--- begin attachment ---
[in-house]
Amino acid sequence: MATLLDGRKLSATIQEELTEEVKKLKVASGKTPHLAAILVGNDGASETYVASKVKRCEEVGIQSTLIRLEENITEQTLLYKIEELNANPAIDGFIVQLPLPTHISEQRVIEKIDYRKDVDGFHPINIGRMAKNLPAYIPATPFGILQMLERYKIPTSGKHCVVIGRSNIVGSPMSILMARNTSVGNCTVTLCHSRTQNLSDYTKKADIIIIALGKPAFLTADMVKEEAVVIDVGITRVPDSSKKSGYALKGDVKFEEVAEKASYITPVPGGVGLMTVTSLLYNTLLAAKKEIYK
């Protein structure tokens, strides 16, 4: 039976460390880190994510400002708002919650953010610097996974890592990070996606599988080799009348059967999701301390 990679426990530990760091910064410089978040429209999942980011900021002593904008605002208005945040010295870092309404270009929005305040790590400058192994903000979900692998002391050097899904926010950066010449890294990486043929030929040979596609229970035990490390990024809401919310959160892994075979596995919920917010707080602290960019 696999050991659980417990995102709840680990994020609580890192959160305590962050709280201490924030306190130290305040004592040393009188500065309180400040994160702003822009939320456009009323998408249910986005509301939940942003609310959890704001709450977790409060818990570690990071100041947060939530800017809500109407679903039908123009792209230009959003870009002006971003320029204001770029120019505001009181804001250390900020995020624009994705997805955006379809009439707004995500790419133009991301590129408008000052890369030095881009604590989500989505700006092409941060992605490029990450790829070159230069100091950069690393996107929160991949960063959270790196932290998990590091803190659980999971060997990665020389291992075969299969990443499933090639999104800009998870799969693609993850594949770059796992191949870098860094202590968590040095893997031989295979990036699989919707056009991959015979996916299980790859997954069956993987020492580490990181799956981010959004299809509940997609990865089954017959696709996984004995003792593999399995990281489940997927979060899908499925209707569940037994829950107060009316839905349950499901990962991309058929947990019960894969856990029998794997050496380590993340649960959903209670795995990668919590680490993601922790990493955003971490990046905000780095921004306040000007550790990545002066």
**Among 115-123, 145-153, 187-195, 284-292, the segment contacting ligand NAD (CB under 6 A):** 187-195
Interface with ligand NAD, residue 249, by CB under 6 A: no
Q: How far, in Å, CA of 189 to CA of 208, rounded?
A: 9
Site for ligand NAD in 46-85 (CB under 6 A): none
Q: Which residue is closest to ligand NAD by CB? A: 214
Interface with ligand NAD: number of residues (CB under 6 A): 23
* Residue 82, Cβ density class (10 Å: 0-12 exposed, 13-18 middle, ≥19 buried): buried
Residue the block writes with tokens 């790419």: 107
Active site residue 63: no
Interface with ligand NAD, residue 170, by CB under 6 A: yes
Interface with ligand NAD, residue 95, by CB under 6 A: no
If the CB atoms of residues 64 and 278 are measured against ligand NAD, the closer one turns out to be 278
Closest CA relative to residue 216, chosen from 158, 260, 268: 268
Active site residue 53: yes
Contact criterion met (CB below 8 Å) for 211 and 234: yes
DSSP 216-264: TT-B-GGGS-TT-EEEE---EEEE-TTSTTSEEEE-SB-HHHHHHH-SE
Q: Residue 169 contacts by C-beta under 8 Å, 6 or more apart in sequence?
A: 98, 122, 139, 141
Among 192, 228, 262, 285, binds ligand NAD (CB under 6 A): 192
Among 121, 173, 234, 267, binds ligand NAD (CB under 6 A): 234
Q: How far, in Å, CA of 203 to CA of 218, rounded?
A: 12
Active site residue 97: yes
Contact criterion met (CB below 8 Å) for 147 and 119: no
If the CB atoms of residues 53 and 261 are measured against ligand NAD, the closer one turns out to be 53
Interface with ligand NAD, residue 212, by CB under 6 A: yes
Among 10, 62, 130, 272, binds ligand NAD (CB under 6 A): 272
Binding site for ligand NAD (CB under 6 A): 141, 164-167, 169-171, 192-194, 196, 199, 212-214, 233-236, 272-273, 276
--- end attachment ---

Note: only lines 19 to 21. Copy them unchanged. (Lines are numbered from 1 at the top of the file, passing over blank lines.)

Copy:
Contact criterion met (CB below 8 Å) for 211 and 234: yes
DSSP 216-264: TT-B-GGGS-TT-EEEE---EEEE-TTSTTSEEEE-SB-HHHHHHH-SE
Q: Residue 169 contacts by C-beta under 8 Å, 6 or more apart in sequence?